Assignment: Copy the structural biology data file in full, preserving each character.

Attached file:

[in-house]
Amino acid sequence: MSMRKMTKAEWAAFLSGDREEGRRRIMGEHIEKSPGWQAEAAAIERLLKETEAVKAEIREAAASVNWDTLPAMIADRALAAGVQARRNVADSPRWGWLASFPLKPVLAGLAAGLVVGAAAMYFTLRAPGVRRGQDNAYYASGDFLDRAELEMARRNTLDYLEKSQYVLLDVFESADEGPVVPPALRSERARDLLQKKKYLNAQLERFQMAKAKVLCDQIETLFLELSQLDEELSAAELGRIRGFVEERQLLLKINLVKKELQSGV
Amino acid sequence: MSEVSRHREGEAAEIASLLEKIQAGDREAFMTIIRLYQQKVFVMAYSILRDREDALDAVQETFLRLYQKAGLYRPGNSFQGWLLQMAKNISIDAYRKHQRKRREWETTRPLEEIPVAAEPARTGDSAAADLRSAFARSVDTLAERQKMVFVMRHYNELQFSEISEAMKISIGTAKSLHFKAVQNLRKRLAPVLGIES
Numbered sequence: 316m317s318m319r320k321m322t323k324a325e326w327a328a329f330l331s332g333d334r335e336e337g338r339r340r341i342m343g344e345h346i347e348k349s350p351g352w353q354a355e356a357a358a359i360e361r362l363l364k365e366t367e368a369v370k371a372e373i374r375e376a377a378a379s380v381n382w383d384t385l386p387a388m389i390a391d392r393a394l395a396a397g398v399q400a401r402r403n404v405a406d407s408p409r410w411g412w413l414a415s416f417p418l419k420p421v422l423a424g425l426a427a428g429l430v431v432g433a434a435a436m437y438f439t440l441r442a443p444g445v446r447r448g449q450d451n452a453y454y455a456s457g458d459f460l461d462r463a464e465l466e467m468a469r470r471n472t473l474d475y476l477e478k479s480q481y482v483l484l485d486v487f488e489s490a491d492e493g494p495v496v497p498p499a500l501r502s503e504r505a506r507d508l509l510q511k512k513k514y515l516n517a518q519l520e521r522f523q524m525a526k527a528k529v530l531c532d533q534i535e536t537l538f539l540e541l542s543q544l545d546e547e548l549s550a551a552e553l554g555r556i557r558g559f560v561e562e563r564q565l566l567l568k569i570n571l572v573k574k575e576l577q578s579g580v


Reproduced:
[in-house]
Amino acid sequence: MSMRKMTKAEWAAFLSGDREEGRRRIMGEHIEKSPGWQAEAAAIERLLKETEAVKAEIREAAASVNWDTLPAMIADRALAAGVQARRNVADSPRWGWLASFPLKPVLAGLAAGLVVGAAAMYFTLRAPGVRRGQDNAYYASGDFLDRAELEMARRNTLDYLEKSQYVLLDVFESADEGPVVPPALRSERARDLLQKKKYLNAQLERFQMAKAKVLCDQIETLFLELSQLDEELSAAELGRIRGFVEERQLLLKINLVKKELQSGV
Amino acid sequence: MSEVSRHREGEAAEIASLLEKIQAGDREAFMTIIRLYQQKVFVMAYSILRDREDALDAVQETFLRLYQKAGLYRPGNSFQGWLLQMAKNISIDAYRKHQRKRREWETTRPLEEIPVAAEPARTGDSAAADLRSAFARSVDTLAERQKMVFVMRHYNELQFSEISEAMKISIGTAKSLHFKAVQNLRKRLAPVLGIES
Numbered sequence: 316m317s318m319r320k321m322t323k324a325e326w327a328a329f330l331s332g333d334r335e336e337g338r339r340r341i342m343g344e345h346i347e348k349s350p351g352w353q354a355e356a357a358a359i360e361r362l363l364k365e366t367e368a369v370k371a372e373i374r375e376a377a378a379s380v381n382w383d384t385l386p387a388m389i390a391d392r393a394l395a396a397g398v399q400a401r402r403n404v405a406d407s408p409r410w411g412w413l414a415s416f417p418l419k420p421v422l423a424g425l426a427a428g429l430v431v432g433a434a435a436m437y438f439t440l441r442a443p444g445v446r447r448g449q450d451n452a453y454y455a456s457g458d459f460l461d462r463a464e465l466e467m468a469r470r471n472t473l474d475y476l477e478k479s480q481y482v483l484l485d486v487f488e489s490a491d492e493g494p495v496v497p498p499a500l501r502s503e504r505a506r507d508l509l510q511k512k513k514y515l516n517a518q519l520e521r522f523q524m525a526k527a528k529v530l531c532d533q534i535e536t537l538f539l540e541l542s543q544l545d546e547e548l549s550a551a552e553l554g555r556i557r558g559f560v561e562e563r564q565l566l567l568k569i570n571l572v573k574k575e576l577q578s579g580v